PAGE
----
Want to get out into the garden but not sure where to start? We can help.
Spring is finally here and it’s time to get out into the garden. After months of cold weather, you may find that your garden needs lots of time and attention – especially if you haven’t been out there since November.
Before you can do anything, your garden probably needs a good clean up. You’ll need to get rid of any plants that suffered from neglect over the winter and can’t be rescued, and cut back anything that has overgrown.
Next year, consider doing a pre-winter tidy up – this will reduce the amount of work you’ll need to do once the next spring rolls round.
Grow your own
If you’re fed up of your garden and want to get more out of it, you could consider starting your own allotment. Section off a large area or build raised beds and do a bit of research into what you can grow yourself – this will depend on how ambitious you want to be, and what the temperature is like when you’re starting. Dobbies' resident expert gardener and senior plant buyer Louise Golden advises novice growers to start simple, but don’t be nervous to experiment.
“If you’re looking to grow vegetables, prepare the vegetable beds by removing weeds and forking in plenty of garden compost or well-rotted manure. To help keep the soil warm and dry, you can cover prepared beds with sheets of black plastic until you are ready to plant,” says Louise.
“As weather and soil conditions allow, plant shallots, onions and early potatoes. If space allows, consider planting an asparagus bed; one of the most prized of all vegetables, once established they reward you with a spring bounty of delicious spears for many years to come. And remember to watch out for slugs. Apply nematodes to the surrounding soil as an effective organic control.”
Create a living wall
Many of us have to make the most of small, urban gardens with little square footage. If you’re boxed in on all sides by fences and want to introduce some more colour and interest, a living wall could be perfect.
Living walls are all the rage, and you can create one with planters to suit your taste – think about how much sun your garden gets and where, and choose a spot where your wall can flourish. If your garden is in shade for most of the day, then a living wall made of ferns could be a solution. They are happy in dark, damp spots, so just remember to water them regularly.
Upgrade your shed
If your shed takes up space in your garden, why not make it a feature? You want a shed to be practical, but could you make it beautiful too?
“A shed is no longer just a wooden construction that people want to hide,” says Richard Frost, managing director of The Posh Shed Company.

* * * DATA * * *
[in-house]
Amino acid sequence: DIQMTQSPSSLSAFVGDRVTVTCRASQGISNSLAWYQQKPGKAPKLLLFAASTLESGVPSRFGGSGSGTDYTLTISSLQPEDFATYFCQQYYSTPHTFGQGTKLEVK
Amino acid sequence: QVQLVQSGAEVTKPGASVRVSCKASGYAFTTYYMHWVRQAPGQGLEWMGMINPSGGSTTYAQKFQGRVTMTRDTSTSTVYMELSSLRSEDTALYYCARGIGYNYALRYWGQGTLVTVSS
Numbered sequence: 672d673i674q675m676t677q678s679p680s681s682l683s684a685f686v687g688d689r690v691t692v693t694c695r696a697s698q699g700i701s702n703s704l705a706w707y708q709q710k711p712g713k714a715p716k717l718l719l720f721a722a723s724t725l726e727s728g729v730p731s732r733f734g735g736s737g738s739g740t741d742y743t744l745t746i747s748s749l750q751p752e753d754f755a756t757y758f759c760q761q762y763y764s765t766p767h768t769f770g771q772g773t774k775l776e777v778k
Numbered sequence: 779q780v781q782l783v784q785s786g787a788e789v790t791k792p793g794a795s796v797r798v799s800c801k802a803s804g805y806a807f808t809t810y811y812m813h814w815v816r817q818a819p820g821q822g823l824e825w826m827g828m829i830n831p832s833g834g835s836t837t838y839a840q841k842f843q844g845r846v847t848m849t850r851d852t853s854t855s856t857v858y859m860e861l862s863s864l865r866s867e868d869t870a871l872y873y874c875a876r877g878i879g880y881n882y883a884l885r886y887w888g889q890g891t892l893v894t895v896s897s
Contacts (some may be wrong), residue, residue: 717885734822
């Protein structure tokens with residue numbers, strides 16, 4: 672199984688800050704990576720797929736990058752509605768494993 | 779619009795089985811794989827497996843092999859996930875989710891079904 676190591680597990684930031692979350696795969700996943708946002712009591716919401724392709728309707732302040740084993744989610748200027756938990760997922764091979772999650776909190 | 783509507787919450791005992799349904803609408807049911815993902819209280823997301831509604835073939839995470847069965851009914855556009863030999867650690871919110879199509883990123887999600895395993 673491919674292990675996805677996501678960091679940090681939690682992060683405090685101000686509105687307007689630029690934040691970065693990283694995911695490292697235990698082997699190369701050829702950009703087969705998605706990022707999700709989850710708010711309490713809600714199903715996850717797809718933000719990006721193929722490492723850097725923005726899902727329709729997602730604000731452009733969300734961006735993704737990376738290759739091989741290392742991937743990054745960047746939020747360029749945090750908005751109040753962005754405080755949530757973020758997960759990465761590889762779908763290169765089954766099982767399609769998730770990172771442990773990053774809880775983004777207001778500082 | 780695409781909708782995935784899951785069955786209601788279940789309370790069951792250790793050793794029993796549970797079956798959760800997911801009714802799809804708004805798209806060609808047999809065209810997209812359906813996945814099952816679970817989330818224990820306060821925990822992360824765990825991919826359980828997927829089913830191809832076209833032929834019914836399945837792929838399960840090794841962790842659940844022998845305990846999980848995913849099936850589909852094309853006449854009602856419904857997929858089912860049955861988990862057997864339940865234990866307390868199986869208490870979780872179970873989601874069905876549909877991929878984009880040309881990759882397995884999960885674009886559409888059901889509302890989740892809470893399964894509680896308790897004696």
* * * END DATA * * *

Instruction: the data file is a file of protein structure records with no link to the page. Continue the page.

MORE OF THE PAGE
“It should be the star of the garden, a perfect way to add some extra style. Whether it’s for storage, practical gardening and potting, or something entirely different, there is a shed style for you.”
You could turn your shed into a beach hut or add interior features like windows and shelves to create a garden escape.
Get some inspiration from Britain’s Shed of the Year competition – what about a police box, fire station or hedgehog house?
Inject some colour
You probably don't want to paint the garden red, but adding colour to a space is a quick and easy way to make it a nicer place to spend time.
Get slap happy with the paint and upcycle your old garden furniture, go to town on the fence and paint a colour that isn't brown.
Nicky Roeber, Horticultural Expert at Wyevale Garden Centres, said: “One of the best ways keen gardeners can celebrate the end of winter is by incorporating more colour into their outdoor spaces.
"Container gardening is great for this, as it allows you to strategically place flowers and plants in a way that distracts from anything you wish to hide, such as an unsightly wall or fence. It also gives you a lot of creative freedom: as well as using traditional pots and flower boxes, you can be more imaginative. For example, planting flowers and shrubs in a leaking water can or a wheelbarrow that you no longer use can make a very attractive feature.
"If you’re looking to update your flower beds for spring but aren’t sure which plants will work best, primroses, pansies, and potted daffodils will make wonderful choices. Not only do they look their best during the warmer months, but they’re also relatively easy to look after. Flowering shrubs such as rhododendrons and azaleas are also fantastic. They’ll look stunning throughout April and May, will thrive in containers, and don’t require direct sunlight, making them the perfect spring plants for your garden.”
Make sure you're covered
If you do invest time and money in your garden, make sure you have the right home insurance so that it's covered.
Admiral's Home Insurance Gold and Platinum provides cover for your sheds and outbuildings, as well as your garden plants.